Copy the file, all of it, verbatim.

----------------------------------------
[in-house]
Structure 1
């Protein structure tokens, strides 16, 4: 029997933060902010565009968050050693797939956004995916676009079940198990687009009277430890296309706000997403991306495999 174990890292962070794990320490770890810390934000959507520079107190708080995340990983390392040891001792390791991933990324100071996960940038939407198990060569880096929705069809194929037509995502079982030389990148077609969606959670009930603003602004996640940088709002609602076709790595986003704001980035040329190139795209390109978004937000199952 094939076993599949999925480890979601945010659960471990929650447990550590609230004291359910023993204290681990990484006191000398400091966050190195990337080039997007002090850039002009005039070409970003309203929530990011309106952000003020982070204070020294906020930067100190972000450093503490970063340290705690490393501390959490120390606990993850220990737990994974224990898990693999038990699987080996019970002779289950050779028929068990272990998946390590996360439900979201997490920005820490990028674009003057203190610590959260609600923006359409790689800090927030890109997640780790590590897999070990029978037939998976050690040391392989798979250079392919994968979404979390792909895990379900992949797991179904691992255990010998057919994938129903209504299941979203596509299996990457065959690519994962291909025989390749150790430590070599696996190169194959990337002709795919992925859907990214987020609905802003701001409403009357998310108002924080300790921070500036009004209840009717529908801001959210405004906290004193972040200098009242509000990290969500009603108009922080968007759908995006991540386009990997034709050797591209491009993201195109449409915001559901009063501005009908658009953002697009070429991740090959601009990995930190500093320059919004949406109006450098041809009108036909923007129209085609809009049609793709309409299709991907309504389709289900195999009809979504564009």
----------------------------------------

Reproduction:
[in-house]
Structure 1
């Protein structure tokens, strides 16, 4: 029997933060902010565009968050050693797939956004995916676009079940198990687009009277430890296309706000997403991306495999 174990890292962070794990320490770890810390934000959507520079107190708080995340990983390392040891001792390791991933990324100071996960940038939407198990060569880096929705069809194929037509995502079982030389990148077609969606959670009930603003602004996640940088709002609602076709790595986003704001980035040329190139795209390109978004937000199952 094939076993599949999925480890979601945010659960471990929650447990550590609230004291359910023993204290681990990484006191000398400091966050190195990337080039997007002090850039002009005039070409970003309203929530990011309106952000003020982070204070020294906020930067100190972000450093503490970063340290705690490393501390959490120390606990993850220990737990994974224990898990693999038990699987080996019970002779289950050779028929068990272990998946390590996360439900979201997490920005820490990028674009003057203190610590959260609600923006359409790689800090927030890109997640780790590590897999070990029978037939998976050690040391392989798979250079392919994968979404979390792909895990379900992949797991179904691992255990010998057919994938129903209504299941979203596509299996990457065959690519994962291909025989390749150790430590070599696996190169194959990337002709795919992925859907990214987020609905802003701001409403009357998310108002924080300790921070500036009004209840009717529908801001959210405004906290004193972040200098009242509000990290969500009603108009922080968007759908995006991540386009990997034709050797591209491009993201195109449409915001559901009063501005009908658009953002697009070429991740090959601009990995930190500093320059919004949406109006450098041809009108036909923007129209085609809009049609793709309409299709991907309504389709289900195999009809979504564009």